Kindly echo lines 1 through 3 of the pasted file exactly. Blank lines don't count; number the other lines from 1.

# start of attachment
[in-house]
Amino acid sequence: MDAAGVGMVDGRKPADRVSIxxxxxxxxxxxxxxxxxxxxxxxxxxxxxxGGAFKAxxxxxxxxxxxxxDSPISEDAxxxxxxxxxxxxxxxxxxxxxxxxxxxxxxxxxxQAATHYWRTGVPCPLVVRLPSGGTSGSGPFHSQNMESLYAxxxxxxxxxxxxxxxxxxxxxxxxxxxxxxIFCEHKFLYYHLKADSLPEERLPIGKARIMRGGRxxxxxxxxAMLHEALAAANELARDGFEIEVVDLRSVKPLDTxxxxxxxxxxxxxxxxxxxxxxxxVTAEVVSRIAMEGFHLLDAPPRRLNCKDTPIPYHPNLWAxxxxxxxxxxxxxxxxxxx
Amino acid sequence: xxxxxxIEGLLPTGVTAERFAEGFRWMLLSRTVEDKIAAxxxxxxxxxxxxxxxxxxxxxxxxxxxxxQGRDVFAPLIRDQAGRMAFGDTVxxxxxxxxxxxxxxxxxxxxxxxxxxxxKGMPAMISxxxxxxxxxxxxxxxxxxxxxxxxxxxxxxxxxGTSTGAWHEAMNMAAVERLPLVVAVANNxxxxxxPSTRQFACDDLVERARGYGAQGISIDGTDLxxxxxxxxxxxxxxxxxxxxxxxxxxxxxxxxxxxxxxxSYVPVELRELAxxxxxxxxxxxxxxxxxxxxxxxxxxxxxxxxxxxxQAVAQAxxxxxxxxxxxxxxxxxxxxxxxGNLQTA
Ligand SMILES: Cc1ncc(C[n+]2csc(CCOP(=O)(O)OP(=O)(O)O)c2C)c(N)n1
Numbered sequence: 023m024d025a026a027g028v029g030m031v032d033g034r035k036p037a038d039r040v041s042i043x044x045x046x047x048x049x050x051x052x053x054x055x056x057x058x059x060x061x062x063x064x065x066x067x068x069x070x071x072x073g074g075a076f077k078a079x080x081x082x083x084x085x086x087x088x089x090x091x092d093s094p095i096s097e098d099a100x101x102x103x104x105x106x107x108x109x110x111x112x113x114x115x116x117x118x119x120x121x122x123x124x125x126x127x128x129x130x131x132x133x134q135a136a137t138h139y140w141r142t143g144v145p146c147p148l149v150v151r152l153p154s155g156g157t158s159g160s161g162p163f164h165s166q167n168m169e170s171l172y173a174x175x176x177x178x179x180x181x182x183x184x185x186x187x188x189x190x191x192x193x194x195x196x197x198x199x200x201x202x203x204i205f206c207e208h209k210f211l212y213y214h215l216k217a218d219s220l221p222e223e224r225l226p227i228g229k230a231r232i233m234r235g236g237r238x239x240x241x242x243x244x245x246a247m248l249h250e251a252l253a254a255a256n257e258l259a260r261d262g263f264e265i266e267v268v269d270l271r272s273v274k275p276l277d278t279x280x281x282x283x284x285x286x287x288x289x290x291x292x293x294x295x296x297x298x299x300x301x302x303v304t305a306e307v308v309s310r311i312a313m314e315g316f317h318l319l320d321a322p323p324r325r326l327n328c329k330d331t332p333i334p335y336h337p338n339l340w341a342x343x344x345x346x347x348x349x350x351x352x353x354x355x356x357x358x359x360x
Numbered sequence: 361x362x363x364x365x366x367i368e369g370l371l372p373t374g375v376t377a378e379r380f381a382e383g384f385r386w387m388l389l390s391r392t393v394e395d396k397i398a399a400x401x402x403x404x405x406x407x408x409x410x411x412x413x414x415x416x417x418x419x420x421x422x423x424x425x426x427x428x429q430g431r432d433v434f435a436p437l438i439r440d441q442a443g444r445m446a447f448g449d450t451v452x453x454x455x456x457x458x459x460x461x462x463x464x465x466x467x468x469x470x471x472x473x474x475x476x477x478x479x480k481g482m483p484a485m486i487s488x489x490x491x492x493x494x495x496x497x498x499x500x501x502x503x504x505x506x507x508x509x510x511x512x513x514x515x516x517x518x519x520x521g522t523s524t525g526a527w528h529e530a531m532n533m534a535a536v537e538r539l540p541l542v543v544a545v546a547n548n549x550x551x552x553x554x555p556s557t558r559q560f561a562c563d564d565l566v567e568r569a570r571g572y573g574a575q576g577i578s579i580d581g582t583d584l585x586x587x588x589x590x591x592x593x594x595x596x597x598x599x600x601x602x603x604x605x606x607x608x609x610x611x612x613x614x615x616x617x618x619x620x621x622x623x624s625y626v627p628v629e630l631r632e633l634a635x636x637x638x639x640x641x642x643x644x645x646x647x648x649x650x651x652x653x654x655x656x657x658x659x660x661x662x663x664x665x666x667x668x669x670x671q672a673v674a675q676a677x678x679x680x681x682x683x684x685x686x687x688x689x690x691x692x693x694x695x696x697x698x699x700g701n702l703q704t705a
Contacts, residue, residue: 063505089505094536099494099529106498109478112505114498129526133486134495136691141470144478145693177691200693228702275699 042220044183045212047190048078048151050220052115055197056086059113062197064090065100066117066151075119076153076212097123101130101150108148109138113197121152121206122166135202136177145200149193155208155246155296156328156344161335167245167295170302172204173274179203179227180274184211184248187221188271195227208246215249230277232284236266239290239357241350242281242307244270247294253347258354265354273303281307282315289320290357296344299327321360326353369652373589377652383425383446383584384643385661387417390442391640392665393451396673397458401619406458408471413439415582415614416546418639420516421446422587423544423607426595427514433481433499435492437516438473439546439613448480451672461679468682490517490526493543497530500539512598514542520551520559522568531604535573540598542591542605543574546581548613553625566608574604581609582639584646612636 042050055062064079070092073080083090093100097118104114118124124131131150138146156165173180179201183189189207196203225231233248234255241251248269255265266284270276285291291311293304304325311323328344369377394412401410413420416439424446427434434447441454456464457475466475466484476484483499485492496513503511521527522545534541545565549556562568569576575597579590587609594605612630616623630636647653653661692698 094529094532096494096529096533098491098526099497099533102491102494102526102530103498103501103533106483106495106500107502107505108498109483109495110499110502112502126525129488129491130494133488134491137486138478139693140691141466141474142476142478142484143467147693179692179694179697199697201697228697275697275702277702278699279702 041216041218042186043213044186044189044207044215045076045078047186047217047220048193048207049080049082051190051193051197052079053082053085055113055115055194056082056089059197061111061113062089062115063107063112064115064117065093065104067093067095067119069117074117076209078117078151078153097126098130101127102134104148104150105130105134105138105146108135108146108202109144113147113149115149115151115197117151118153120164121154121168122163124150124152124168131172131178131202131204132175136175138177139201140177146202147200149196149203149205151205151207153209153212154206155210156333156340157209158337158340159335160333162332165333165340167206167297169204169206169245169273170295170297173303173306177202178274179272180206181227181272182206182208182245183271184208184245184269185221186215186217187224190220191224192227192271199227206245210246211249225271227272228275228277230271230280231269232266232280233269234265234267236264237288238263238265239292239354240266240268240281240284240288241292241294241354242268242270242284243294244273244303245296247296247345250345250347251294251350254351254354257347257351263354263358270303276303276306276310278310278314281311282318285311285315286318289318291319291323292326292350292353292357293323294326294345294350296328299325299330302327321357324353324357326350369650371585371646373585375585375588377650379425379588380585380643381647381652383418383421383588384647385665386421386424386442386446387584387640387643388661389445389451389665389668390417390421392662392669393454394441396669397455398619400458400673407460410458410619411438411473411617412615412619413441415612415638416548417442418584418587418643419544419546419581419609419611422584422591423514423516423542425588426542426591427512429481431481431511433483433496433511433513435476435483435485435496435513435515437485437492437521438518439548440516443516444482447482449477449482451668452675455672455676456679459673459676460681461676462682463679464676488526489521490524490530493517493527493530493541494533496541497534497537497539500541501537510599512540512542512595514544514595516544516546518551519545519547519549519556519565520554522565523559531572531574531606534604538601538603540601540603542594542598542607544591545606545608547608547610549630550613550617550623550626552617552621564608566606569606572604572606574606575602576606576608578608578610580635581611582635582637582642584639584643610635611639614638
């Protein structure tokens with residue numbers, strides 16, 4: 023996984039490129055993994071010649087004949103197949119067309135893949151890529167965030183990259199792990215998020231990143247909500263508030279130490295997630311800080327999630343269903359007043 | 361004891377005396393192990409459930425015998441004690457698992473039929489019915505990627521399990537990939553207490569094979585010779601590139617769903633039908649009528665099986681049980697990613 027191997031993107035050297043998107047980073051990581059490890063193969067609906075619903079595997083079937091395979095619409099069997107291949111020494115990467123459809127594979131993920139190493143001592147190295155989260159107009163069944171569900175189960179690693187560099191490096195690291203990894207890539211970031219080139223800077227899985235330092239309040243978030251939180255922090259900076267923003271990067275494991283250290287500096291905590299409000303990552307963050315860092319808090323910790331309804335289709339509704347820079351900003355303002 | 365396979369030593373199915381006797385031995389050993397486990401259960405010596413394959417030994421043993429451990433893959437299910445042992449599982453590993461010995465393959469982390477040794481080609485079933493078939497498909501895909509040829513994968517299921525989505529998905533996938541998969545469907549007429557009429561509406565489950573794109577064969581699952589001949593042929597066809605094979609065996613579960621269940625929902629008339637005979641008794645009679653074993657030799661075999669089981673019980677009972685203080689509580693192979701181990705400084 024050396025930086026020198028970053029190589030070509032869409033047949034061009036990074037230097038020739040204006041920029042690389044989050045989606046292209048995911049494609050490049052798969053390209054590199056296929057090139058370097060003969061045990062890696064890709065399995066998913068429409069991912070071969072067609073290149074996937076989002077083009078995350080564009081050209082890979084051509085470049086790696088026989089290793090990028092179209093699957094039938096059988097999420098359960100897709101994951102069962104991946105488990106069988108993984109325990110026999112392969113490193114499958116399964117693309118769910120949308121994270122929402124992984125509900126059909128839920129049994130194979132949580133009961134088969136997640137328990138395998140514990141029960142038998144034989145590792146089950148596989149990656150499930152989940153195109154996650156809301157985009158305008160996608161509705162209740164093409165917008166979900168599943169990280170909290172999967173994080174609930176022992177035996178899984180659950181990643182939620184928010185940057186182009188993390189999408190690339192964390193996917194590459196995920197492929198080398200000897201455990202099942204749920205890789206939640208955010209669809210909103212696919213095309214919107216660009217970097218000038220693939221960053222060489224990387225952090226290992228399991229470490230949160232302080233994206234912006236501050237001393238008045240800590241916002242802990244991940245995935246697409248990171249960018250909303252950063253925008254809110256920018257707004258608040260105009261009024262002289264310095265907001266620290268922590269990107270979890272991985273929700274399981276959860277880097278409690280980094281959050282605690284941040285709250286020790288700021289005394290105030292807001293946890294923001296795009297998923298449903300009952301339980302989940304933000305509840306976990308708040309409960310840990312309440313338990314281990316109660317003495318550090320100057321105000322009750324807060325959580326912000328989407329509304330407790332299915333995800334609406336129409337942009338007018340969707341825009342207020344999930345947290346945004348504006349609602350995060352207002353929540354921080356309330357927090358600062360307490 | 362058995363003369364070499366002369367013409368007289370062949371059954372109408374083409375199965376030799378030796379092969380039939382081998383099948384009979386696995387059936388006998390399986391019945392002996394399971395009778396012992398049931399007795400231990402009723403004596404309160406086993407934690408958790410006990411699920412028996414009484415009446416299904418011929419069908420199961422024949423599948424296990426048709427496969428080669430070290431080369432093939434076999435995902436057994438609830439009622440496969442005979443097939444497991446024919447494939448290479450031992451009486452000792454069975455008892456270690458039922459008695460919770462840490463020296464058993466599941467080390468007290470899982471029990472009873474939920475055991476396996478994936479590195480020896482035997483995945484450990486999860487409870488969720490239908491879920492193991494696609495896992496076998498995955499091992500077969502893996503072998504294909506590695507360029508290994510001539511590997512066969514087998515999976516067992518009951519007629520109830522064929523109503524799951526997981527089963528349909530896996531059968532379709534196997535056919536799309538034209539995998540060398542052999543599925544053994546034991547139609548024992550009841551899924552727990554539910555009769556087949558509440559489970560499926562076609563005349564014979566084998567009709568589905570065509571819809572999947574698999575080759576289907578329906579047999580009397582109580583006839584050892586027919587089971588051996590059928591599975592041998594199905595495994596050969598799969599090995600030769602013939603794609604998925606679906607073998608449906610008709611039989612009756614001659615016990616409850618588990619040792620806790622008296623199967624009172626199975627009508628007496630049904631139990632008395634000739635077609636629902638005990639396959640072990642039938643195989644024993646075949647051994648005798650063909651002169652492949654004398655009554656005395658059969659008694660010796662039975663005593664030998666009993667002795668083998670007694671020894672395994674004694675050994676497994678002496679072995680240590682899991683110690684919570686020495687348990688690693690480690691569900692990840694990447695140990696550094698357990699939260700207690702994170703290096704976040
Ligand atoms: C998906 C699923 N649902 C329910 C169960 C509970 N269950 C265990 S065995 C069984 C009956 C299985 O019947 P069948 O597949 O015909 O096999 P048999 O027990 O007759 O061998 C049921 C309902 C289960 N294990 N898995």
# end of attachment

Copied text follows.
[in-house]
Amino acid sequence: MDAAGVGMVDGRKPADRVSIxxxxxxxxxxxxxxxxxxxxxxxxxxxxxxGGAFKAxxxxxxxxxxxxxDSPISEDAxxxxxxxxxxxxxxxxxxxxxxxxxxxxxxxxxxQAATHYWRTGVPCPLVVRLPSGGTSGSGPFHSQNMESLYAxxxxxxxxxxxxxxxxxxxxxxxxxxxxxxIFCEHKFLYYHLKADSLPEERLPIGKARIMRGGRxxxxxxxxAMLHEALAAANELARDGFEIEVVDLRSVKPLDTxxxxxxxxxxxxxxxxxxxxxxxxVTAEVVSRIAMEGFHLLDAPPRRLNCKDTPIPYHPNLWAxxxxxxxxxxxxxxxxxxx
Amino acid sequence: xxxxxxIEGLLPTGVTAERFAEGFRWMLLSRTVEDKIAAxxxxxxxxxxxxxxxxxxxxxxxxxxxxxQGRDVFAPLIRDQAGRMAFGDTVxxxxxxxxxxxxxxxxxxxxxxxxxxxxKGMPAMISxxxxxxxxxxxxxxxxxxxxxxxxxxxxxxxxxGTSTGAWHEAMNMAAVERLPLVVAVANNxxxxxxPSTRQFACDDLVERARGYGAQGISIDGTDLxxxxxxxxxxxxxxxxxxxxxxxxxxxxxxxxxxxxxxxSYVPVELRELAxxxxxxxxxxxxxxxxxxxxxxxxxxxxxxxxxxxxQAVAQAxxxxxxxxxxxxxxxxxxxxxxxGNLQTA